Vulgar Display of Book Release
Published: Tuesday, March 12, 2013
Updated: Tuesday, March 12, 2013 23:03
If you’re a music junkie like I am, you might follow hundreds of bands, but there are always a few bands attached to your past that stay at the core of your being. For me, one of those is Pantera.
I can still remember the person, place, and conversation from the first time I found out who Pantera was. I was fifteen, in class, and not paying attention to the teacher. This curly haired kid in a denim jacket with no sleeves—who thought he was a badass—told me in a very casual sort of way like he was always a big fan of Pantera, when in reality his older brother just told him about the band’s existence.
I used to sit in my three-toned—green, brown, and blue—‘85 Buick Skylark to get away from all that high school bullshit. I’d smoke and drink coke with Jägermeister while blasting Great Southern Trendkill on my horrible stock speakers before class—and when I was supposed to be in class. Pantera was always a cathartic band for me.
I saw Pantera’s Reinventing The Steel tour at the Denver Coliseum on July 11, 2001 with my friends—and it ended up being Pantera’s last show in Denver. The last show the band ever played was a month and half later on Aug. 26, 2001 in Japan. Eventually, Dimebag’s death three years later prevented them from ever getting back together.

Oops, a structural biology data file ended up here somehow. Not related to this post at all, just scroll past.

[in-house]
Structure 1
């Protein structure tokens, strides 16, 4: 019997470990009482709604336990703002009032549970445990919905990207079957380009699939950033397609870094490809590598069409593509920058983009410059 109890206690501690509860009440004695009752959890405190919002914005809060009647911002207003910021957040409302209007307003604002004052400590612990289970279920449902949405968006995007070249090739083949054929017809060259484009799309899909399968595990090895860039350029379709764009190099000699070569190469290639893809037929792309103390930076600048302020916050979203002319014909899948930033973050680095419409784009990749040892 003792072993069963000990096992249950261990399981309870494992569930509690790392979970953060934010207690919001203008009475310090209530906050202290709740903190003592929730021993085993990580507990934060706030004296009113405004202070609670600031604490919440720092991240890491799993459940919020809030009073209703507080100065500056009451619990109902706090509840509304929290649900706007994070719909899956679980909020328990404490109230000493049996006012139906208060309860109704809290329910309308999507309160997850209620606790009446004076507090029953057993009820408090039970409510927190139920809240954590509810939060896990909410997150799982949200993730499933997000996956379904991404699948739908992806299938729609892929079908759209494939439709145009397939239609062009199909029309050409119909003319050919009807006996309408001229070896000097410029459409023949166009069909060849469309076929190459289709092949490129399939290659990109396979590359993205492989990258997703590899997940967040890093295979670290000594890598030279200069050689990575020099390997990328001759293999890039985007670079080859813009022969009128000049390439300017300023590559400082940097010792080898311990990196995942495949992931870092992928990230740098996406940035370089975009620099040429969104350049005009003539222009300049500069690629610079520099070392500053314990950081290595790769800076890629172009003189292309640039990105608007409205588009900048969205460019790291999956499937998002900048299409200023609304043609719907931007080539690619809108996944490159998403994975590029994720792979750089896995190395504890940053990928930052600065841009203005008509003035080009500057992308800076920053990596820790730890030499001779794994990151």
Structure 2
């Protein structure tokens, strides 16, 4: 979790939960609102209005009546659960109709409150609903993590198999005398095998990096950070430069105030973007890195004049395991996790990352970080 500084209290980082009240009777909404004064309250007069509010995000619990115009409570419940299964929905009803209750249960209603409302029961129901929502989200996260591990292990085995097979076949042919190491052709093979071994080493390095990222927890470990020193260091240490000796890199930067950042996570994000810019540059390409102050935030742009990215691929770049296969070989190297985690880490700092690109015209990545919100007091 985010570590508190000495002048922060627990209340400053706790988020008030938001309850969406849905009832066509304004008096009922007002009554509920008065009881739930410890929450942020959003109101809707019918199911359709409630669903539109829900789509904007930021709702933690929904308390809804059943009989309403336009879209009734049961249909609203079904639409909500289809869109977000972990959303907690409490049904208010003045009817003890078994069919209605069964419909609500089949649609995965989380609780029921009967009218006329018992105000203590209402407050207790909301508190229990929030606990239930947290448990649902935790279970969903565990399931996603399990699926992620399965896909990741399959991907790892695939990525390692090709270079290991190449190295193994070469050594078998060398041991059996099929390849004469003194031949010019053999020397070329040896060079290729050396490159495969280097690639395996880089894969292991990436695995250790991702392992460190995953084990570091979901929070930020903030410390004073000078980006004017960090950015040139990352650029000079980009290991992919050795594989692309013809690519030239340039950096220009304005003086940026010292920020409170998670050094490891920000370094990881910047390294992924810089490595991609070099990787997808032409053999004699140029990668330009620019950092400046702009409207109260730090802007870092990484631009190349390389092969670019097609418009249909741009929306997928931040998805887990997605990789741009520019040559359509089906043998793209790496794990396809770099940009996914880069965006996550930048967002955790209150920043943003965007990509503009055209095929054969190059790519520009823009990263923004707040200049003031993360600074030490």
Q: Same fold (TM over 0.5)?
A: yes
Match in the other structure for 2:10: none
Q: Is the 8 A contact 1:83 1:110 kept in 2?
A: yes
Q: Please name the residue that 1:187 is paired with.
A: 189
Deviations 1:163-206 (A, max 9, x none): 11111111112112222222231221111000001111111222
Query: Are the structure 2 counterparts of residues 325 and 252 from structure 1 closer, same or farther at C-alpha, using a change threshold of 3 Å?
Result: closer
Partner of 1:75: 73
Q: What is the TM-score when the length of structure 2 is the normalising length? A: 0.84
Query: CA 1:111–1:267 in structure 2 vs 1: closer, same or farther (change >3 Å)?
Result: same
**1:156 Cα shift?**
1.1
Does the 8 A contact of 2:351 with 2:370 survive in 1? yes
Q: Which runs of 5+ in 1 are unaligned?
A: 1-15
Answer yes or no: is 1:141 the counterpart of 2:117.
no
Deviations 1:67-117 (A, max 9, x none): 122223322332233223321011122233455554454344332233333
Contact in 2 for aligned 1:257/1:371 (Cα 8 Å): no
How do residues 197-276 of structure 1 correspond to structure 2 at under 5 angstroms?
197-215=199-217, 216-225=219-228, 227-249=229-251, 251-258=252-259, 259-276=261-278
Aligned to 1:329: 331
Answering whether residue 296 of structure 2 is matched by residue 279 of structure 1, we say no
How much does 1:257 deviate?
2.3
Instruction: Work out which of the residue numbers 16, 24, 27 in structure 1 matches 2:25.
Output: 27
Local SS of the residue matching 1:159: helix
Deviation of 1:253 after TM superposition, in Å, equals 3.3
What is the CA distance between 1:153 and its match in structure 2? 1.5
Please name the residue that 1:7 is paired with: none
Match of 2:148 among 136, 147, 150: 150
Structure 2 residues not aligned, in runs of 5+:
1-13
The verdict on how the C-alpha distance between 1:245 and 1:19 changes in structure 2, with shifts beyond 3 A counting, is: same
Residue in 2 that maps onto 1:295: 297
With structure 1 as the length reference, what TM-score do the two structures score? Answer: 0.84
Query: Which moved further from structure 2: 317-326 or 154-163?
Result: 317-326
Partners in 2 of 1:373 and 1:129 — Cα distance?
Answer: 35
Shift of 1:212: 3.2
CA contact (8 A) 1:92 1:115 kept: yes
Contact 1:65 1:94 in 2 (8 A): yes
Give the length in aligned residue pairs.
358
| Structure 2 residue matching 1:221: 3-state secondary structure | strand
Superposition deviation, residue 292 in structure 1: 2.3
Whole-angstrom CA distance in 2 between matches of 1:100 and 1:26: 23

On March 12th, former bassist of Pantera, Rex Brown, came out with a new memoir called Official Truth, 101 Proof: The Inside Story Of Pantera. If I weren’t such a poor bastard I would have already bought it. This memoir is a firsthand look inside Pantera, which succeeded in releasing fiercely uncompromising platinum albums: Vulgar Display Of Power and Far Beyond Driven. Both were number-one albums despite very little airplay. The book ends with Brown’s experiences after the tragic murder of guitarist Darrell “Dimebag” Abbott by a deranged fan.
Whenever I get the chance to read this book, I’m hoping to read about more than just the fights, sex, and road stories that most rock autobiographies divulge. If I had the money I would bribe a custodian at the Denver Coliseum and read this book in the same seat I sat in in 2001.
Either that or buy another ’85 Skylark, a liter bottle of coke spiked with Jägermeister, a pack of Camels, and read it in my old high school parking lot.